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The Peak Milk Picture Thing

As a child, there were few things I found more fascinating than the picture on the paper wrapped around the tins of Peak Milk.

In the picture, there are people in a canoe, floating on very blue waters. Several coconut trees stand on the shore, and although there are no signs of a breeze in the picture, I heard the breeze rustling through the branches every time I looked at the trees. There is a hill to the side, tall, brown and magnificent. There are hills in the distant horizon, dark forms in the great beyond. 

I, more than anything else in the beautiful picture, was fascinated with the people in the canoe. Who were they? Where were they headed? How were they feeling? I wanted to be with them. I wanted to be part of the adventure, to dip my hand in and slice the water with my little fingers as we rowed through.

 I thought, at the time, that the picture is what heaven looks like, glorious and mysterious. I didn’t know these words then, so I could never explain my fascination. I just looked at the picture long and hard and made it come alive in my mind. This is silly, but I imagined meeting God in there too. She was a chubby, jovial middle-aged woman, with two kinky puffs and a colorful frock. Once, in a dream, when I strayed away from my mum and got lost in a scary place, I found that God from the Peak picture, with her two puffs and her soft, warm body. She helped me find my mum.

Other things I found fascinating when I  was little include the letter E and F shaped metal things I kept finding, which I assumed came from the insides of electrical devices – I liked to play with those using black pieces of magnet I found on the floor in the abandoned Electronics class;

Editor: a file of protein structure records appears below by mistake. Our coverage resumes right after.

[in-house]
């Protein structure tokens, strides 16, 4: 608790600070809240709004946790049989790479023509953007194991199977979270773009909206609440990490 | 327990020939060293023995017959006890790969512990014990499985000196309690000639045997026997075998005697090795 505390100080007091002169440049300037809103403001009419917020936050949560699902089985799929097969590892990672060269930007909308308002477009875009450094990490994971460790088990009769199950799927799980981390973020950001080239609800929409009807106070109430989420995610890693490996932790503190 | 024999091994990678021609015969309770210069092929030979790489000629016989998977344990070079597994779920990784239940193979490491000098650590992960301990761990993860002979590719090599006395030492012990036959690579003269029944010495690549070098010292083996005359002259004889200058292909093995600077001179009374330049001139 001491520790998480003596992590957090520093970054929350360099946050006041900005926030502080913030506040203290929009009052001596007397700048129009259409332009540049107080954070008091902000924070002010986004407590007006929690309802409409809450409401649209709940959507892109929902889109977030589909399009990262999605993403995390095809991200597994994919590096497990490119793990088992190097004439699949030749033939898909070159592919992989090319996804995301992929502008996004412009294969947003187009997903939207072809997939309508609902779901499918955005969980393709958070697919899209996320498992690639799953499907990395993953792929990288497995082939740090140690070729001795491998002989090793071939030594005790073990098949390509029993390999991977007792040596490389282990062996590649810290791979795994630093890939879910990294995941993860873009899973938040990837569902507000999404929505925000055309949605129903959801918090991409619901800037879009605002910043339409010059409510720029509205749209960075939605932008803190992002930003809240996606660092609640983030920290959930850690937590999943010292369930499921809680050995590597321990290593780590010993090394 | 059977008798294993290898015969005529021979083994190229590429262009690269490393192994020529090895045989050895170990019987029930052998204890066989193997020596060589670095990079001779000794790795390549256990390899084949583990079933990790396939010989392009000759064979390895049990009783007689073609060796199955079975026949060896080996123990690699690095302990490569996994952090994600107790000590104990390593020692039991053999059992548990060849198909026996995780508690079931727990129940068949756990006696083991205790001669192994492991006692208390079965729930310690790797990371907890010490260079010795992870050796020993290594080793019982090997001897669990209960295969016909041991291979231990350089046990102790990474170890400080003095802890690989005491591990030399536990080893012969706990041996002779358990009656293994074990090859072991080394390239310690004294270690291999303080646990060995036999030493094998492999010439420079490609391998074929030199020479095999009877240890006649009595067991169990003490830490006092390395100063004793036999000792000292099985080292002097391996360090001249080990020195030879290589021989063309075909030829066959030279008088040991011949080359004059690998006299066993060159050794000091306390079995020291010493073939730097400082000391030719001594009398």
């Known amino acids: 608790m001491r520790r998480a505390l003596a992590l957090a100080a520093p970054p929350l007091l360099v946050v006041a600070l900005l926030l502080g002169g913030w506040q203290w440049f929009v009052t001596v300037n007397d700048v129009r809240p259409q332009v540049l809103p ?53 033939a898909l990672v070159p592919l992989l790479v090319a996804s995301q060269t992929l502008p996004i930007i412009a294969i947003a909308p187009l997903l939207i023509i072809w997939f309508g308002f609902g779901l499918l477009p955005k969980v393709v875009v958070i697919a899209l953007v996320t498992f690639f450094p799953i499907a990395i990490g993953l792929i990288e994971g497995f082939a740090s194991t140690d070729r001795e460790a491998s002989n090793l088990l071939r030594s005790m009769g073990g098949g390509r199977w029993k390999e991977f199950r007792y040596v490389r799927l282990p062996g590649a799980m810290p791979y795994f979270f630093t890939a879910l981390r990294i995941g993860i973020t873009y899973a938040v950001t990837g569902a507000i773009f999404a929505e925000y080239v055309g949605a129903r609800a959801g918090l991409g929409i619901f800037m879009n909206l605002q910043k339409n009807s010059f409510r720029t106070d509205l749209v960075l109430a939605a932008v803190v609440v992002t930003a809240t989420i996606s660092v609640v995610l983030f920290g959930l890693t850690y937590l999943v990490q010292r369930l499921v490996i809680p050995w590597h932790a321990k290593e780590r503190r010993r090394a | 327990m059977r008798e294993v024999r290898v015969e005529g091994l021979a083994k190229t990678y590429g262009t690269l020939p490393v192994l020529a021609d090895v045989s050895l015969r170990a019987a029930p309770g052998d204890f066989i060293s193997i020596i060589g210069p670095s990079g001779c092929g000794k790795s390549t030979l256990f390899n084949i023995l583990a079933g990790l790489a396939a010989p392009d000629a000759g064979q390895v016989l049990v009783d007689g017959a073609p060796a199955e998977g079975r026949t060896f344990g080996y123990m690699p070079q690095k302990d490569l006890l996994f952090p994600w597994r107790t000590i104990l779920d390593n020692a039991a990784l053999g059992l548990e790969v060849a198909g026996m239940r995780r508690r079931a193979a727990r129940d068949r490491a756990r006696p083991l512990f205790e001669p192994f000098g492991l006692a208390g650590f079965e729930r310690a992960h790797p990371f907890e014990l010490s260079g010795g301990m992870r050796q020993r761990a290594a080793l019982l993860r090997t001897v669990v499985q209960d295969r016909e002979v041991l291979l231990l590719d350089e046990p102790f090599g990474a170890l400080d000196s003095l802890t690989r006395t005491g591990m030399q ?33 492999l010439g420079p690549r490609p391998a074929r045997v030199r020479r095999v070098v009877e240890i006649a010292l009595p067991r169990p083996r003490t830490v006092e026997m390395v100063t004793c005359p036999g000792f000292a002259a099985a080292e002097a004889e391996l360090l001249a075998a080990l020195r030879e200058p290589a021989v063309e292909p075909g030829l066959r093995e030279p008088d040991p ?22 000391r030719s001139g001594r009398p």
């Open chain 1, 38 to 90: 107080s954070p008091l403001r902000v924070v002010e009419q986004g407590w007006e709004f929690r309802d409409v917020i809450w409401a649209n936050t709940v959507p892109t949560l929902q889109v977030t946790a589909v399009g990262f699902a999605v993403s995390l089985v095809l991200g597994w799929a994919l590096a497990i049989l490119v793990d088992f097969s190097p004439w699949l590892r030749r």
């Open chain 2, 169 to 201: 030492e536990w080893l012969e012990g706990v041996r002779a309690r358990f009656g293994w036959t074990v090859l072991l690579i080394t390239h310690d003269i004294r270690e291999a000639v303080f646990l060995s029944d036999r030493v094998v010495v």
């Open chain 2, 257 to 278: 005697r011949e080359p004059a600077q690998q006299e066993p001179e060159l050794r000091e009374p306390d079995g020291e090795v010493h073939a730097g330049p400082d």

I was fascinated with abandoned rooms, where my voice echoes and rings against the walls when I speak, where it smells like bat poop and the dust is thick and soft on the floors and the long unused desks and chairs;

The lizard eggs, which I found buried in the mounds of sand by the berry tree;

The birds flying home at dusk, in perfect, two sided triangles;

The lazy clouds, taking the shapes of objects they see down yonder, for fun;

The “tach-tach-tach” of prayer beads as my father walked to and fro, whispering supplications I couldn’t wait to end. I remember walking by his side, imitating his step, my imaginary prayer beads in hand, and how, to entertain me, he would abruptly take a step back, or swing around mid step like a soldier. I remember my delighted squeals as I tried to keep up and follow suit;

The dead bird, black and yellow, which I found under the tall ”mentholato” trees, amidst the long slender leaves. I remember the mint-ish smell from the trees and the cold black beady eyes of the poor bird;

The dark green trees on the horizon during a long road trip, which we never reach, even though the journey ends;

The mysterious voices from the other side of the wall, which many years later, I discovered, belonged to a family I came to know and love;

The dead chickens, crushed into the road by countless tires, their feathers remaining long after their flesh is gone;

The vultures who always hung around and by whose grace I came to understand the song from school about the Vulture who eats between his meals and the many physical deformities he got as a consequence.

They are many, the things which awed me, but none of them did as much as the picture on the paper wrapped around the tins of Peak Milk.

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